Below we take a look at the policies, adding extra detail where this is already in the public sphere, or taking cues from Sadiq Khan’s campaign manifesto in an effort to frame the direction of the policy.

Bus Hopper

Headlining the quick wins list is the Bus Hopper –Khan’s pledge to shake up the bus fare structure. As Delivering Your Manifesto hints at (and has since been announced) an interim version of the new bus ticket to be rolled out in September will allow for two bus trips to be made within one hour.

The Hopper fare will automatically be given to anyone who uses pay as you go with Oyster cards or contactless payments, and will allow passengers to make an additional bus journey for free within one hour of touching in on the first bus. For the vast majority of passenger this will mean an end to having to pay two bus fares when changing bus routes, and it is expected particularly to benefit Londoners on lower incomes who often rely on the bus network to get around

In essence this is the extension across the whole network of a technical solution already in place to allow bus-to-tram and tram-to-tram transfer in Croydon. This represents the limit of what is possible with the current technology, which does not allow for unlimited bus transfers within an hour. As ticketing technology is to be upgraded – currently set for 2017 – an unlimited transfer bus ticket will be available. The BBC reports that the Mayor of London’s office estimates that around 86m journeys a year would benefit from this policy, as they currently include more than one bus trip within an hour.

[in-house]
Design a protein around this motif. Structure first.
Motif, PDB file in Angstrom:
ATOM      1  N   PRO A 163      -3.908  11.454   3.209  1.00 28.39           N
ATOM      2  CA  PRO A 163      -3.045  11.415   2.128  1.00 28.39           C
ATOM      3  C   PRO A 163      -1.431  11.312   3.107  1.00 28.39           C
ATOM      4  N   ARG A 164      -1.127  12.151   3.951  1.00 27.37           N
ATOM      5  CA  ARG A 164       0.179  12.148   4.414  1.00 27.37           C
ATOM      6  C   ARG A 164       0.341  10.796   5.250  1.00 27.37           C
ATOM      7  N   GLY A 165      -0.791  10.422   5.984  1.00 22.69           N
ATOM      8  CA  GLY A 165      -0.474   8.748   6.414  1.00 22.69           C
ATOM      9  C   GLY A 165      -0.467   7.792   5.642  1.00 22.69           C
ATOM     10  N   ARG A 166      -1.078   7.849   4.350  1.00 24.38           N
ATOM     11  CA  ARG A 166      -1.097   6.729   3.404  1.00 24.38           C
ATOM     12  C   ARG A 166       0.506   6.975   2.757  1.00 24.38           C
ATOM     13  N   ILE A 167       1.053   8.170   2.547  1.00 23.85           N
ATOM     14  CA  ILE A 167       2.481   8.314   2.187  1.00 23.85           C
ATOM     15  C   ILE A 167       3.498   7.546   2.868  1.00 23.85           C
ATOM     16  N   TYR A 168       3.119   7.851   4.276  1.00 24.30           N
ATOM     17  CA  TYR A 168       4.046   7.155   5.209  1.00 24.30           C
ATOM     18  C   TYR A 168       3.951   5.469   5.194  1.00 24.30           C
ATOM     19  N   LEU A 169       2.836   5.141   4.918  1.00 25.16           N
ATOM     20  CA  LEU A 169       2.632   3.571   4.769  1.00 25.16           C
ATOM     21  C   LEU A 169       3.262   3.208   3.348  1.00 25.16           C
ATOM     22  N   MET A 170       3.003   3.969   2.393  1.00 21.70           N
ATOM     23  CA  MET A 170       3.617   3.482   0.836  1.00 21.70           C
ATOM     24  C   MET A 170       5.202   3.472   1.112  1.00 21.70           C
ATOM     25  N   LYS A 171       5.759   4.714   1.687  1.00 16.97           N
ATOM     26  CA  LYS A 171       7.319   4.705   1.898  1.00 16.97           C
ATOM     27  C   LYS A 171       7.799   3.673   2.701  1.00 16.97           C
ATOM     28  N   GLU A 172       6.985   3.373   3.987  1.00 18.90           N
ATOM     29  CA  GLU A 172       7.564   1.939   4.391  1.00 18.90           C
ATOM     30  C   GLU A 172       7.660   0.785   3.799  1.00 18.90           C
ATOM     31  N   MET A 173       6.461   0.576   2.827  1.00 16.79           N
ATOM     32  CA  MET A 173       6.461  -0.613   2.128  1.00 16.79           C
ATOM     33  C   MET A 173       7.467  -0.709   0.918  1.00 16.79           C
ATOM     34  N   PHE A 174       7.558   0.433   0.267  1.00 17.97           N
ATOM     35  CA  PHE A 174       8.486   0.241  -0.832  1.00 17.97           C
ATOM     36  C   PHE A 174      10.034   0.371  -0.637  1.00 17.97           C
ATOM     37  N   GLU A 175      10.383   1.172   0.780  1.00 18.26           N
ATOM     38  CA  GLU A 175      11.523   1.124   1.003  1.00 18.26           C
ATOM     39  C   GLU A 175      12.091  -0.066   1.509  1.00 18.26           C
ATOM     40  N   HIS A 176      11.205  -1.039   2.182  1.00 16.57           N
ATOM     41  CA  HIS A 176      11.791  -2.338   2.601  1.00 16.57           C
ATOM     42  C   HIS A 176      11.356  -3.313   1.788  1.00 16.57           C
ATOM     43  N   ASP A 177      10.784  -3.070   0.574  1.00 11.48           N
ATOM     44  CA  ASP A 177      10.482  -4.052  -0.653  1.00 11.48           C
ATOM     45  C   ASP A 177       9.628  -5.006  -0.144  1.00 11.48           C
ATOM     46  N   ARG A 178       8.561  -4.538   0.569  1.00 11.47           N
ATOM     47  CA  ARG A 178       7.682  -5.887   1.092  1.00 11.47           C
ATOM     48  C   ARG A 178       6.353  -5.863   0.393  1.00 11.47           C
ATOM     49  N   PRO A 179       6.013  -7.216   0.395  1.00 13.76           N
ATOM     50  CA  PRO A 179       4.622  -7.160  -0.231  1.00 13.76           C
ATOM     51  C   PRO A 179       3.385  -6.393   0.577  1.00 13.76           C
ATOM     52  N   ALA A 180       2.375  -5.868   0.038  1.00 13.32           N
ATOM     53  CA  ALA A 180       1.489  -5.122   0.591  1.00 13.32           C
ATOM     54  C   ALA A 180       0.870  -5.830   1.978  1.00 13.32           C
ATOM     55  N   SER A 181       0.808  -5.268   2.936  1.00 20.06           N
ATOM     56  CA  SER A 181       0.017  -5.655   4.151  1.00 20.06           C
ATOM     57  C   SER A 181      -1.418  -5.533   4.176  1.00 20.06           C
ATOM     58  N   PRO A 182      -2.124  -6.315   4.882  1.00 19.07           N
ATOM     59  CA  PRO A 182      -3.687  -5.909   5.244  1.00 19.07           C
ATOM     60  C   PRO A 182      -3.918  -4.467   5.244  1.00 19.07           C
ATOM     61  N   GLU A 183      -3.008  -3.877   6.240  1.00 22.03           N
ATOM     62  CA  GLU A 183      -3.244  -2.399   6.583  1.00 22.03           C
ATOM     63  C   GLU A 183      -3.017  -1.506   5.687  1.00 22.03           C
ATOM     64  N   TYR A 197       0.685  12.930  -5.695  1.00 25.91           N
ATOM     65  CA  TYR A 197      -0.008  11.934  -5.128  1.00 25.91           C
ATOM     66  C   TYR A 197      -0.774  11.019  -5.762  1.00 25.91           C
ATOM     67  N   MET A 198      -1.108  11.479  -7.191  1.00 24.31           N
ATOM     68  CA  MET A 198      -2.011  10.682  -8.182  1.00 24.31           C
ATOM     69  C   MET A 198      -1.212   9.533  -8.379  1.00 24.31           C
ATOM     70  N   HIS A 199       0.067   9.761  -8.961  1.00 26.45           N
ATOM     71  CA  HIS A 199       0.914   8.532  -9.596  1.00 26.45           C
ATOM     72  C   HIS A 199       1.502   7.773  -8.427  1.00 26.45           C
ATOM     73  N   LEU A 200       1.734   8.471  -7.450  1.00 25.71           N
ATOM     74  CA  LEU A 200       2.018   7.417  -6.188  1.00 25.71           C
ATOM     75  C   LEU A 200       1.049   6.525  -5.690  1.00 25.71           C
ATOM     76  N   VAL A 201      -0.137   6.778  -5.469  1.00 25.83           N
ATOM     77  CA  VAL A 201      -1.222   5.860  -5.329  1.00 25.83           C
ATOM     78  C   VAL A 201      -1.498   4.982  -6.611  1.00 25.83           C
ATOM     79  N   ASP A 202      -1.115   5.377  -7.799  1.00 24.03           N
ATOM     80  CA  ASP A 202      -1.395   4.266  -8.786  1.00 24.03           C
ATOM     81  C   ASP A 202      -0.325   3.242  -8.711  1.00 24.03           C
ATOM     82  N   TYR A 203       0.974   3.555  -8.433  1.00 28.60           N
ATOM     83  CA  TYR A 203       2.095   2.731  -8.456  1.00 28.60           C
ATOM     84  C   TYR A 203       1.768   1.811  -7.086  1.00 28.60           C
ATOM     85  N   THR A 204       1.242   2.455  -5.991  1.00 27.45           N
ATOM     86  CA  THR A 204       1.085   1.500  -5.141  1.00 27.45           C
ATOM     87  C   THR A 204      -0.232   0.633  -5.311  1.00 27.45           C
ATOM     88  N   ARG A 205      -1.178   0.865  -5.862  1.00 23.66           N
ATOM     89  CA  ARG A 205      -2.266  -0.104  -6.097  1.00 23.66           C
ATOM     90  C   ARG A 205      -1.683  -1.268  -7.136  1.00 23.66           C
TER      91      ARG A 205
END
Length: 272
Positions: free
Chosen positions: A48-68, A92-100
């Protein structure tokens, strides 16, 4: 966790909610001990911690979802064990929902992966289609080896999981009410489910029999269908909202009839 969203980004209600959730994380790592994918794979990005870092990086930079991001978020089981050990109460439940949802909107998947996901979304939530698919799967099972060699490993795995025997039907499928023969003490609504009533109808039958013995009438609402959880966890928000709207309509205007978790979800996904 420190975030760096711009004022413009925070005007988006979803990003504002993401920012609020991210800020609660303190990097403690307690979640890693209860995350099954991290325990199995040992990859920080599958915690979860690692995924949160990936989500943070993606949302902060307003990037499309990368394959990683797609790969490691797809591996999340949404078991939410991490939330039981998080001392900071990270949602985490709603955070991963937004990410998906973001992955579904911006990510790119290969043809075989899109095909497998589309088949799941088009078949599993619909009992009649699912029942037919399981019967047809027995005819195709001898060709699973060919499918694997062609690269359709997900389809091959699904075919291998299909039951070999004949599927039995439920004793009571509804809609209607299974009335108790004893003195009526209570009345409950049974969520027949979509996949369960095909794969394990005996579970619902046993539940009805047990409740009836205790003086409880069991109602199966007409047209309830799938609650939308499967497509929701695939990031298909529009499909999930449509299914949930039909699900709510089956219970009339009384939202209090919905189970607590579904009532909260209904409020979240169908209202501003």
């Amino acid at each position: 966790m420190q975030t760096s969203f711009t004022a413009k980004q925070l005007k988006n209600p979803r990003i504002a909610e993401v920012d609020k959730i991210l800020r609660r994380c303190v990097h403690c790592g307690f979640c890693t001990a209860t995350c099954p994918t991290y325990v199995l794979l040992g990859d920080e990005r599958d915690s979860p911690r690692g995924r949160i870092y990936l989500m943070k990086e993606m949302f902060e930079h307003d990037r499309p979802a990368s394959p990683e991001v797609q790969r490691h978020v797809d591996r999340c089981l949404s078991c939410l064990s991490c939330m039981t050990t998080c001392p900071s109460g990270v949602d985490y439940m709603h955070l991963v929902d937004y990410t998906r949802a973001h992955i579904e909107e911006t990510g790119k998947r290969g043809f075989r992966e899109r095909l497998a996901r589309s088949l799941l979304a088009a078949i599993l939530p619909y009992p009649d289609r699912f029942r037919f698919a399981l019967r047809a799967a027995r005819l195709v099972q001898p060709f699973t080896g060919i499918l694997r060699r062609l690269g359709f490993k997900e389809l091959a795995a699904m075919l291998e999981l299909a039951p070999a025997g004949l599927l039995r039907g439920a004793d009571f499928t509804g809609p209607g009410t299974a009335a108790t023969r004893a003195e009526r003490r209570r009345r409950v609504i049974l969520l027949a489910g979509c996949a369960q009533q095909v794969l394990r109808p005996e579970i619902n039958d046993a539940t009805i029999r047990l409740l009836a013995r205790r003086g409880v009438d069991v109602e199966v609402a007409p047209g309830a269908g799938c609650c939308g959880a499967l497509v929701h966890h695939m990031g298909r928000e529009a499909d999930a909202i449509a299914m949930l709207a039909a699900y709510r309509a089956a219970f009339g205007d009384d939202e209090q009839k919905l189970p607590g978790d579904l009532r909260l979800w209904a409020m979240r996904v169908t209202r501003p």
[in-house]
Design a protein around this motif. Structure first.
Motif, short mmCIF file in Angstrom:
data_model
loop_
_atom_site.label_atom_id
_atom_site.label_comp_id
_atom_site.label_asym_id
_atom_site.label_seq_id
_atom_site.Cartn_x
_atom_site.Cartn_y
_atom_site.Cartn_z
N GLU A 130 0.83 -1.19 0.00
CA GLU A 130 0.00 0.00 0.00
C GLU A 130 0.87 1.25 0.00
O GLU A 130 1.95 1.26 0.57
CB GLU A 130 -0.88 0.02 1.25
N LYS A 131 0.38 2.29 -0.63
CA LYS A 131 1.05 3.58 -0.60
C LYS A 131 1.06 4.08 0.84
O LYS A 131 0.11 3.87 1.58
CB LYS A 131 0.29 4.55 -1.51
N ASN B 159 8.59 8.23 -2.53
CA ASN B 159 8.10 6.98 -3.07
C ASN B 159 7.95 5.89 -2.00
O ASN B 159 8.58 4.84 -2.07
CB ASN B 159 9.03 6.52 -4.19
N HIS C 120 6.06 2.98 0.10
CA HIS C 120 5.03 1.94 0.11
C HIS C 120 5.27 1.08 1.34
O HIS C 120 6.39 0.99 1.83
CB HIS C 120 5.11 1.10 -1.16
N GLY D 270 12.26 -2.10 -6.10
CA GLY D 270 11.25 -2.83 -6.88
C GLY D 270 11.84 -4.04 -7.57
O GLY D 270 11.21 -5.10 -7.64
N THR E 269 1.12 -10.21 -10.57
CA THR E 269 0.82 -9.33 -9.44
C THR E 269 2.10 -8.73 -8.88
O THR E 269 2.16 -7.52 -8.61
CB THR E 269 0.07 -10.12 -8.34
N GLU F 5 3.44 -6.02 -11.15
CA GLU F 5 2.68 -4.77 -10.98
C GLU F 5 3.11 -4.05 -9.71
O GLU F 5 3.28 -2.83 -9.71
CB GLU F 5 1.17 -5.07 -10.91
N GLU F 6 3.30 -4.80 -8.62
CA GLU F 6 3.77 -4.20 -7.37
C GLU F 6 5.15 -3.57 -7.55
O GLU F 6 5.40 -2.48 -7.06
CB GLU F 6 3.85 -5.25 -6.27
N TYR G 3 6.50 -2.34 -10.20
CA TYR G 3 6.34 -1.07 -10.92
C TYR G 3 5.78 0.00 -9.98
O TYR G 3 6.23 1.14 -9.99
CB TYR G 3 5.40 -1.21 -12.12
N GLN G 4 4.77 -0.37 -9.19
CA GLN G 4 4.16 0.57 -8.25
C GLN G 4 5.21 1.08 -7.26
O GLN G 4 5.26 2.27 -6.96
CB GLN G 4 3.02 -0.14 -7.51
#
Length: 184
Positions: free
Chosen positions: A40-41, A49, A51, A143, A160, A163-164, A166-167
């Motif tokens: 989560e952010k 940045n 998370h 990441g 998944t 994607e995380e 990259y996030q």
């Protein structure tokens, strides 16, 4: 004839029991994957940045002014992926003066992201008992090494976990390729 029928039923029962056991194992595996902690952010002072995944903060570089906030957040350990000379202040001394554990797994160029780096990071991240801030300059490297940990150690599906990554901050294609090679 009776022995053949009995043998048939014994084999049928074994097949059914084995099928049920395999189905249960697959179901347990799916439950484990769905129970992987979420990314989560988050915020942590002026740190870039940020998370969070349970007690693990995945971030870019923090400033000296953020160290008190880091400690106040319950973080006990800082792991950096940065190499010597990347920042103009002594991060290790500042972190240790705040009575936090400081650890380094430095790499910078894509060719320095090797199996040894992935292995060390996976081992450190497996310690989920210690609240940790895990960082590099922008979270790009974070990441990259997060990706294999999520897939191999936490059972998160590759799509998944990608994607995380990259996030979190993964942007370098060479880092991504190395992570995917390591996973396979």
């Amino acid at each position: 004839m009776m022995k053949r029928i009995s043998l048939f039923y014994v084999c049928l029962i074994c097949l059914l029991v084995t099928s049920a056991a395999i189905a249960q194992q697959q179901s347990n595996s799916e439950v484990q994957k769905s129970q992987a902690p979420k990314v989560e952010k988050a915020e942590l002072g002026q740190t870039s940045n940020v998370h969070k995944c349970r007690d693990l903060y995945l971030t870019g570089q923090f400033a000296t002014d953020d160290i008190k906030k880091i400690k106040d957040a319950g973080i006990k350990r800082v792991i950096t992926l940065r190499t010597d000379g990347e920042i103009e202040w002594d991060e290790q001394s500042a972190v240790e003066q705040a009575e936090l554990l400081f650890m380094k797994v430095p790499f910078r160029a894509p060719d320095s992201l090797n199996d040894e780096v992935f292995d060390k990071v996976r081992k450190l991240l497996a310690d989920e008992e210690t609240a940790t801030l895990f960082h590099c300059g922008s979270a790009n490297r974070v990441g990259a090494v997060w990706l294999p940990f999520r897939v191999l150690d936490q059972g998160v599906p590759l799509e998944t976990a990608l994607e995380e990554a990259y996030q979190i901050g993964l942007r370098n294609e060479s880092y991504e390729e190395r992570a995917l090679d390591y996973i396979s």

The price tag of a one hour bus hopper is an estimated £50m. London Assembly member Caroline Pidgeon, who has been advocating for the for a bus hopper since 2009, pressed the former Mayor of London Boris Johnson on the cost of a One Hour bus pass at Mayor’s Question Time in November 2014. TfL estimated the loss of fare revenue from pay as you go customers taking more than one bus trip on a journey to amount to £50m per year. To put this into perspective, this represents around 1%t of Transport for London’s annual £4.6bn revenue intake from fares.

Air Quality

The presentation announces that delivering on air quality:

[W]ill be the most ambitious in London’s history, with nothing left off the table in the run up to the introduction of the ULEZ.

It also suggests that there will be a new consultation on air quality within the Mayor’s first 100 days in office.